Peak Experiences in Skydiving

Visit any drop zone and you’ll soon start enjoying the good vibes. Skydivers are friendly, possess high energy and are extremely passionate about freefalling through the sky. Excitement is in the air, and it’s easy to see why. Skydivers take premeditated risks by leaping out of perfectly good airplanes. It’s what we do, and we love it. The daily camaraderie on drop zones is compelling and is one of the major things that attracts new skydivers to the sport. It’s an activity filled with confident, competent and enthusiastic people.

However, there is more to it than that. New skydivers soon begin to understand what almost everybody on the DZ realizes: It isn’t just surviving each skydive that matters; it’s what happens during the skydive. And what happens on the next skydive could be that very special time when everything comes together for a great experience.

Reaching the Peak
Special jumps can occur without warning and without any predetermination. It could easily be your first skydive. Perhaps it was the time you flew into your biggest formation. Perhaps it was turning multiple points on an 8-way with your newest friends. Whatever the particulars of the jump, if it positively changed the way you feel about yourself, chances are you were having a peak experience. These experiences can be some of the happiest and most thrilling moments of one’s life. Without a doubt, peak experiences are people’s healthiest moments.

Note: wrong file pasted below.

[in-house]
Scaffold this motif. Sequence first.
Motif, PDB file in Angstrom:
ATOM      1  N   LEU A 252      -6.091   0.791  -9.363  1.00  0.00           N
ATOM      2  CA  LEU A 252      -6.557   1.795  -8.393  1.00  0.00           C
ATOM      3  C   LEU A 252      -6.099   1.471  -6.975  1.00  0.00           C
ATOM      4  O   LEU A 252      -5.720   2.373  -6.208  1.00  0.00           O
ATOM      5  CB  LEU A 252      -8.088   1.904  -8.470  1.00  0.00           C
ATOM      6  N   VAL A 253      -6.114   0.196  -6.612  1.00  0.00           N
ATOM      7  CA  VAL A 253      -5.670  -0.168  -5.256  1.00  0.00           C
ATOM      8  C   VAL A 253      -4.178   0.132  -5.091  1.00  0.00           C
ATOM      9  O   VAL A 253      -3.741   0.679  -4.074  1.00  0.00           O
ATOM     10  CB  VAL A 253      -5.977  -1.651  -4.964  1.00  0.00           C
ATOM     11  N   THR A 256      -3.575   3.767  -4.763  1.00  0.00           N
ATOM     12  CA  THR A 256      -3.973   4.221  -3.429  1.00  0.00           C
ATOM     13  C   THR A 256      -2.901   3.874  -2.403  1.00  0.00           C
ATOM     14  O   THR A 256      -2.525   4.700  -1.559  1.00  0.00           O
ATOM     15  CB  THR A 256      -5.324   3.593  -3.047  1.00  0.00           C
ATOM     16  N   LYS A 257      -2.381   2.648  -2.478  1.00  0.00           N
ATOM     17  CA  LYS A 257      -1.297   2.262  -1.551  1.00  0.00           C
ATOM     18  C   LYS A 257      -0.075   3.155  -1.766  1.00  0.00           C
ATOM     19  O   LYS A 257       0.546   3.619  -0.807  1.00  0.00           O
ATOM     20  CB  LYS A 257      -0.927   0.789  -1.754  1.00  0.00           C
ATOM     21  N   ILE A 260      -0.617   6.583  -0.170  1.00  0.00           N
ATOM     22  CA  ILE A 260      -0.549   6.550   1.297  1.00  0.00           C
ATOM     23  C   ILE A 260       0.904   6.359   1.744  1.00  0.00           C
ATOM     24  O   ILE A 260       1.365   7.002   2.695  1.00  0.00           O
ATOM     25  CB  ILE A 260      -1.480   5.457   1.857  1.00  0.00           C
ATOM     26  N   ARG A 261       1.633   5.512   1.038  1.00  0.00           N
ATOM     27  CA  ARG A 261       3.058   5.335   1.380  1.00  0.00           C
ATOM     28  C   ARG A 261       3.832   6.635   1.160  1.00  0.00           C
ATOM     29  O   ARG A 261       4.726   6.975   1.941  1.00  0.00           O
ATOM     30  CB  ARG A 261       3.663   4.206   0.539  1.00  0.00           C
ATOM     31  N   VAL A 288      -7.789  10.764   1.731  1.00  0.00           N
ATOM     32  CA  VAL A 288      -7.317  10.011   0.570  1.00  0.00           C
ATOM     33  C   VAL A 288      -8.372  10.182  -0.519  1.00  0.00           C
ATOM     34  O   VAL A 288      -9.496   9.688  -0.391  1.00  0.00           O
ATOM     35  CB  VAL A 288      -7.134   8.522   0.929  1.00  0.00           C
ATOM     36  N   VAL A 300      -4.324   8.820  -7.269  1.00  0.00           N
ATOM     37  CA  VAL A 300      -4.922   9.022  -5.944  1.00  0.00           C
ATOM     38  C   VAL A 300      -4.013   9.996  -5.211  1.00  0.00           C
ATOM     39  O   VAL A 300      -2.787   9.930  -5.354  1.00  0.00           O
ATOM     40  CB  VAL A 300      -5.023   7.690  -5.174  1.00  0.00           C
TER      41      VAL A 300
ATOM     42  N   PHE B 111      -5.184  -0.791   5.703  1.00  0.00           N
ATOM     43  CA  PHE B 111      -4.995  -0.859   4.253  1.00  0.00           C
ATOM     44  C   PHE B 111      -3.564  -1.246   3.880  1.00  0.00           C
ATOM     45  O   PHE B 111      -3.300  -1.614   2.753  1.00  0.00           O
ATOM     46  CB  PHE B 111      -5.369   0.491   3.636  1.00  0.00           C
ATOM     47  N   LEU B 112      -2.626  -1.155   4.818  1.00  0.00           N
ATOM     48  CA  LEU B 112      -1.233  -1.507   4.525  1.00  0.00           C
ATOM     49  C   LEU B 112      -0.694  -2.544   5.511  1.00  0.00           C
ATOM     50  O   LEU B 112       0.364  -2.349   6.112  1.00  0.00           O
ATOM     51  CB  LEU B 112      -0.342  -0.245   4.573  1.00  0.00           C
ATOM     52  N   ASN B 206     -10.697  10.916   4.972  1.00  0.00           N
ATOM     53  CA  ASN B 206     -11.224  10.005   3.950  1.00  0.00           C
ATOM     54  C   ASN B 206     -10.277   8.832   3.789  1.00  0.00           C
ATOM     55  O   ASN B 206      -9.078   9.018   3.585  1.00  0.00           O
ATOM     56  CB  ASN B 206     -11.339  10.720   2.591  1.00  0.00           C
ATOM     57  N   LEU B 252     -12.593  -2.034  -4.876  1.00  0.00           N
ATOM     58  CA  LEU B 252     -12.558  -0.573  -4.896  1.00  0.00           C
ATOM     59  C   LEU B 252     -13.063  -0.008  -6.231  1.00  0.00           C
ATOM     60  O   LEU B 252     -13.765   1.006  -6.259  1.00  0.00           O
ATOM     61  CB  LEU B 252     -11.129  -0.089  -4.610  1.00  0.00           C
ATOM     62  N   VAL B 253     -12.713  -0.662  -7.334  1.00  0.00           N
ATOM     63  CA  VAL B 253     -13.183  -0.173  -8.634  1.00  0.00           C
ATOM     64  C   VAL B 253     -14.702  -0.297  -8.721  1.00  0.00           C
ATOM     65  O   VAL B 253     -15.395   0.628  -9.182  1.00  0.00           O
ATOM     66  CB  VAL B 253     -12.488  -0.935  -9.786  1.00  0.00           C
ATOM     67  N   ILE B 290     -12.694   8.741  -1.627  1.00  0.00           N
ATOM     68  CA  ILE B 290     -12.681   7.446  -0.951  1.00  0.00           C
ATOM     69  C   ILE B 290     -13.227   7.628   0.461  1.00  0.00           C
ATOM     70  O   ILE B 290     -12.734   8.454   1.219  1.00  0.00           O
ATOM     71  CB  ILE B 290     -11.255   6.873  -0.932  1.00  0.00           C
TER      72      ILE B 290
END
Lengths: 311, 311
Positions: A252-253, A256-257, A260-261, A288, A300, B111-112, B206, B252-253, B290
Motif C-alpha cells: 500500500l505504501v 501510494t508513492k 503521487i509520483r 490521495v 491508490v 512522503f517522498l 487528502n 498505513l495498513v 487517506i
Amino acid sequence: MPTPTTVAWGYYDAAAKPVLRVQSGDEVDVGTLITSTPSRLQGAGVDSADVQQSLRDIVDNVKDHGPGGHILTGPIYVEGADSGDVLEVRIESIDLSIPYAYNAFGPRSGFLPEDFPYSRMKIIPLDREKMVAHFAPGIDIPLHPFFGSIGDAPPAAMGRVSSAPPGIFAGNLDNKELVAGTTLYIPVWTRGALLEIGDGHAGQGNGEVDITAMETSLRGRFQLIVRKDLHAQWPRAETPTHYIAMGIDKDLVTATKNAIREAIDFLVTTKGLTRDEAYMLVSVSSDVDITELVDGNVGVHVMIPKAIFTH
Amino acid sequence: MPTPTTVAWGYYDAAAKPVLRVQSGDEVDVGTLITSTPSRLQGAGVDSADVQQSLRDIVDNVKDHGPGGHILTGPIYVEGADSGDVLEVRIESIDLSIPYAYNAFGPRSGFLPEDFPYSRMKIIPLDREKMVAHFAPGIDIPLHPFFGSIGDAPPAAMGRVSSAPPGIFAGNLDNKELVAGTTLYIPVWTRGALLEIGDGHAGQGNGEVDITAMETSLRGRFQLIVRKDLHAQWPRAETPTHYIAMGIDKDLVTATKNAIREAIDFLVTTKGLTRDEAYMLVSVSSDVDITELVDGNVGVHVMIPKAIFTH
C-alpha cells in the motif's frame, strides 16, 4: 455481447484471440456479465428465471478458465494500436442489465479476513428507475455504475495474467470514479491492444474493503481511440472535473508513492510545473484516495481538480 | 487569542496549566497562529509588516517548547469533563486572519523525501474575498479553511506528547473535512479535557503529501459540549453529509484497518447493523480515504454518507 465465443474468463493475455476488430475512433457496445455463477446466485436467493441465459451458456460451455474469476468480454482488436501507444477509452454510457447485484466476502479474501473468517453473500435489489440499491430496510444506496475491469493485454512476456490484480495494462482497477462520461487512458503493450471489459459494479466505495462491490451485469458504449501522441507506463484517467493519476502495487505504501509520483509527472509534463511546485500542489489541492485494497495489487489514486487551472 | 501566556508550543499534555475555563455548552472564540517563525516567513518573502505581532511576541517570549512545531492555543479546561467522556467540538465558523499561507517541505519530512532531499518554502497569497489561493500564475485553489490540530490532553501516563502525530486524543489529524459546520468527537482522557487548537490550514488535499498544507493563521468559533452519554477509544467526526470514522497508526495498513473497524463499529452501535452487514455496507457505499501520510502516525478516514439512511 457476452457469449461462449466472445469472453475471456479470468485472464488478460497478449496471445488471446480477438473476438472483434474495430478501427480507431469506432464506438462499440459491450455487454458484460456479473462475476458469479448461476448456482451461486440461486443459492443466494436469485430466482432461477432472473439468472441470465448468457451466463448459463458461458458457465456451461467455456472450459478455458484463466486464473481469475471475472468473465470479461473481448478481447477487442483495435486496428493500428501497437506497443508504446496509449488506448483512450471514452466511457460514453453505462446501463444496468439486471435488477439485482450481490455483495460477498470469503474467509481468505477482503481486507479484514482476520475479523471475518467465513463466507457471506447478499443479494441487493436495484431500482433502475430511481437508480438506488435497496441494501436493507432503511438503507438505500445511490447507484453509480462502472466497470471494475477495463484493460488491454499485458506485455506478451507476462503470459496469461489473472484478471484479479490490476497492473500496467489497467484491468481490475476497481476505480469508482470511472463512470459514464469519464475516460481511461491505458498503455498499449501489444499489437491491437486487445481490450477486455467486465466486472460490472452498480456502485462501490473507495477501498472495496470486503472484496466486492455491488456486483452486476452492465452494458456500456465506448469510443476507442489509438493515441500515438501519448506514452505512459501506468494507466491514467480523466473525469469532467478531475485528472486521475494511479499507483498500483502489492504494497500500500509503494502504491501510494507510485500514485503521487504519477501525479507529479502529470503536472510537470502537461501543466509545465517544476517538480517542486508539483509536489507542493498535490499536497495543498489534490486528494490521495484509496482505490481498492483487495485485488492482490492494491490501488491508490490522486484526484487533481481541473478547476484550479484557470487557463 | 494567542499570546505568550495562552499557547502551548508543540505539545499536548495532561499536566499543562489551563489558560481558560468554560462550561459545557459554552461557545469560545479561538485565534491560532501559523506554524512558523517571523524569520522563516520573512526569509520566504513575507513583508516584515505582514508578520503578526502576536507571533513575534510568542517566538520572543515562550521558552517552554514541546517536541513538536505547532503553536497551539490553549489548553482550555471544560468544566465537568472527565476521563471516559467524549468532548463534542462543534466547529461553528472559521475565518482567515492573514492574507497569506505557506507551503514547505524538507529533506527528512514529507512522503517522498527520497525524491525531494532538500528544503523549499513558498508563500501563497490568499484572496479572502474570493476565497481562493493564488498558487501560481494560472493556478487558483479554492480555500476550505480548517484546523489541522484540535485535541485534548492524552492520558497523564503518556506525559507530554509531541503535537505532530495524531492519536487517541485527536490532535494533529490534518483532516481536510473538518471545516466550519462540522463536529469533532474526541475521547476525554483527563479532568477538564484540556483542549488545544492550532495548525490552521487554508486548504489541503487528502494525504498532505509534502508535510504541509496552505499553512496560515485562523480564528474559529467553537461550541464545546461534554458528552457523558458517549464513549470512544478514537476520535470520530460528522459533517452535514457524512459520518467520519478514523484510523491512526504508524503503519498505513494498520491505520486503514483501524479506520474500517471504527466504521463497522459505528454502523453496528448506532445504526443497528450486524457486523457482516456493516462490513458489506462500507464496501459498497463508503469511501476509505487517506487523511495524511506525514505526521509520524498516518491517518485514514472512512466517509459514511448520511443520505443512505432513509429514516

Abraham Maslow—famous for his hierarchy of needs that focused on the psychology of healthy people—coined the term “peak experience” in 1964. He called it “a moment accompanied by a euphoric mental state often achieved by self-actualizing individuals.” His assertions stood out in a time when the bulk of psychology research focused on the psychological disorders of unhealthy people.

Most skydivers fall into the category of healthy people. Self-actualizing skydivers use the challenges in this sport to develop their potential. The first jump is usually a remarkable experience. That first jump opens the door and lays the foundation for succeeding challenges. There is always a challenge on every skydive, some aspect that is new and different that the jumper could do better, faster or higher. It is overcoming the challenges of deliberate risk taking that helps skydivers develop individual potential and become more self-actualizing.

In the Flow
Peak experiences bear numerous similarities to another psychological concept known as “flow.” Flow, an idea developed by positive psychologist Mihaly Csikszentmihalyi, is a state of mind during which “people become so involved in an activity that the world seems to fade away and nothing else seems to matter.” When in flow, Csikszentmihalyi writes, “Time seems to fly by, focus becomes sharp, and people experience a loss of self-consciousness.”

People having peak experiences are often also experiencing flow. However, the opposite is not always true. For example, playing a good game of golf requires intense focus. While the golfer may have been in a flow state to achieve success, he was probably not having a peak experience. (Although he may have had one if he won the golf tournament!)